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Wendell Verner Tangborn

Wendell Verner Tangborn, 93, died peacefully on October 3, 2020 at the Mirabella Retirement Community in Seattle. He was admired by all who knew him for his genuine modesty, his intellect, kindness, and generosity. Wendell was born in Sioux City IA to Vaner and Jennie (Oase) Tangborn and grew up with four brothers and one sister on a farm near Bemidji MN. After serving with the US Army, he graduated from the University of Minnesota with a degree in Geological Engineering. Over a twenty-year career with the USGS in Tacoma WA, he became an expert on glaciers, first by spending summers observing the South Cascade Glacier in the North Cascades and later by creating some of the first computer models of glaciers. In 1983 in Seattle he formed Hymet, a hydrology consulting firm that worked with glaciers and streamflow in Washington, Alaska, Nepal, Norway, and Switzerland. Wendell enjoyed the Seattle Symphony, Seattle Opera, theater, travel, and long walks; his sharp recall of early family events and life on a farm in the 1930’s made for several moving family memoirs. He published many scientific papers and a children’s book on glaciers. He loved Vashon Island, where he lived for sixteen years. Wendell was preceded in death by his eldest son John and is survived by his wife, Andrea Lewis, and his sons Andrew (Sara) and Eric (Susan) and daughter Inger (Ashir). He leaves behind two honorary families from Nepal with whom he had a close relationship: the Birbal Rana family and the Moti Thapa family, both of Vashon Island. 

 

 



Comments

Best thoughts for Wendell and his family .

- Jocelyne Levaufre (Henri's daughter)


Dear Wendell,

I just hope that from where you are you will be able to read my few words. The way we met is one of the strange events of life. Your brother Virgil was part of the 90th Infantry Division. The outfit that, after landing at Utah-beach on D Day and daily combat in a country side of hedgerows, was finally able to liberate my birth village of Périers on July 27, 1944. 7 weeks for only 18 miles and a heavy toll to pay. Virgil was among the ones who were KIA for the freedom of Périers on June 16. At the end of the 90s, my father (helped by the members of our local association “Normandy 44-90th US Infantry Division” made the decision to build a memorial that would pay tribute to the soldiers of the 90th ID fallen for the liberation of Périers. We wanted to erect 4 statues that would represent 4 soldiers of the 90th and through them all the soldiers of the division. We wanted each statue to have the same face as the dead soldier and we needed good pictures of them that only their relatives could have kept. This is the way Virgil was chosen to be one of the 4 statues and the way the link was made with the Tangborn family. We named them the 4 braves and you and Andrea were there for the dedication of the memorial on June 4, 2000. There were so many questions without any answer about Virgil’s fate. We have tried to find some of them but probably too late as most of the witnesses were gone. Wendell, I know that you felt guilty for having probably waited such a long time before starting your inquiry. We also spent time with you at Vashon Island, in your gorgeous house. You told us about your love for nature and your political fears for the future. You were a good man Wendell, thank you again for your kindness and hospitality. I just hope that you have found Virgil again and the answer to your many unanswered questions.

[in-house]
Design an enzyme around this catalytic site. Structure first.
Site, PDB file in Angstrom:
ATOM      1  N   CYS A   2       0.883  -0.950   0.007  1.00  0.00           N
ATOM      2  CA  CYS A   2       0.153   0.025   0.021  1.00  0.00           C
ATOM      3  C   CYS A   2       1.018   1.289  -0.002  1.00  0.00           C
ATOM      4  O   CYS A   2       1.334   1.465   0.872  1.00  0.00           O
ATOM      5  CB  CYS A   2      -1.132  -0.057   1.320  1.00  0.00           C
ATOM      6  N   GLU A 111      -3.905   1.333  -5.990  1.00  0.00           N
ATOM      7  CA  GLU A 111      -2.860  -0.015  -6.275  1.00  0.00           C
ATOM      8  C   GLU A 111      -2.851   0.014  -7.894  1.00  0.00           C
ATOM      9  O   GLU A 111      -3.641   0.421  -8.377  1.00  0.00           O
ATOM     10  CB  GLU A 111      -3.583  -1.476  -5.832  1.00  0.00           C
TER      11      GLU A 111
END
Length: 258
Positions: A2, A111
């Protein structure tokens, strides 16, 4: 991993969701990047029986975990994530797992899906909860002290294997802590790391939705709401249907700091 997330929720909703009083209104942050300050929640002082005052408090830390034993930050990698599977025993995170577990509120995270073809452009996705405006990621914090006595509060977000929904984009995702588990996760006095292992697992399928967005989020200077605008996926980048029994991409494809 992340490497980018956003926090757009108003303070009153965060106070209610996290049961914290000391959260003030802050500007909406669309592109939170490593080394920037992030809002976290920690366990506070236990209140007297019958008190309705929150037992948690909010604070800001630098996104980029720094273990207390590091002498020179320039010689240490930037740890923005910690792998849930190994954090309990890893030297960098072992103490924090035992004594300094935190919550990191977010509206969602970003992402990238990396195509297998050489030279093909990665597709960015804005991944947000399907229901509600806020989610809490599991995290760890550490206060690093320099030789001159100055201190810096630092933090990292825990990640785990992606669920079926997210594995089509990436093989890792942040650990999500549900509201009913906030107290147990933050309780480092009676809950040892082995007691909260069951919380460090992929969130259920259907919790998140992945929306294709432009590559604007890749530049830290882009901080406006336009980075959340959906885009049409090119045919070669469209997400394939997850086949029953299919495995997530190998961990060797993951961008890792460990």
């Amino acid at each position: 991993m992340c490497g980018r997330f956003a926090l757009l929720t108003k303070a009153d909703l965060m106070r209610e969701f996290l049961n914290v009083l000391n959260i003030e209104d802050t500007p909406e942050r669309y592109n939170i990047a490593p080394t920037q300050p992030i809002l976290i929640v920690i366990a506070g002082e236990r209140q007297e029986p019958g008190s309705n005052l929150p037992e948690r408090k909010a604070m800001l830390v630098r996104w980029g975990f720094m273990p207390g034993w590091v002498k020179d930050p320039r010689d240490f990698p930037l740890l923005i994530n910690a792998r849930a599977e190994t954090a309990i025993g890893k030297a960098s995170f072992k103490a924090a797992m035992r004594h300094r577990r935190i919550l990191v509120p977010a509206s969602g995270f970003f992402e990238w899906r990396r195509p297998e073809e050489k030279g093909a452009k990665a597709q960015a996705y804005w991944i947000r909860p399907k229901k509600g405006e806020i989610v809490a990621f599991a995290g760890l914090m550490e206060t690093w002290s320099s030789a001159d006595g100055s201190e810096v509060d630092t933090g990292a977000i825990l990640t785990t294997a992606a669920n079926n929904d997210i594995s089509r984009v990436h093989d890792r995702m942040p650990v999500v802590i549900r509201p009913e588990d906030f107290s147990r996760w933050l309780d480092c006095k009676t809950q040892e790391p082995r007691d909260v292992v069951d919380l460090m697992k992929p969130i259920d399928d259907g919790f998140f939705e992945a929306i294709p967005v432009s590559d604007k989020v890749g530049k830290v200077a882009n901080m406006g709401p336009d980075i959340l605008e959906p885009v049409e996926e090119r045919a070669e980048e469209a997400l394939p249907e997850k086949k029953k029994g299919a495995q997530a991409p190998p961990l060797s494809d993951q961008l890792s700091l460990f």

Christian Levaufre
Chairman of the “Normandy 44-90th US Infantry division” association.


Wendell became a good friend while working on a water project here at Montesol Ranch. We met Andrea and loved them both. I am so sorry to hear about Wendell's passing. A good man. He ran the good race and fought the good fight. I will never forget him.

- Peter McGee


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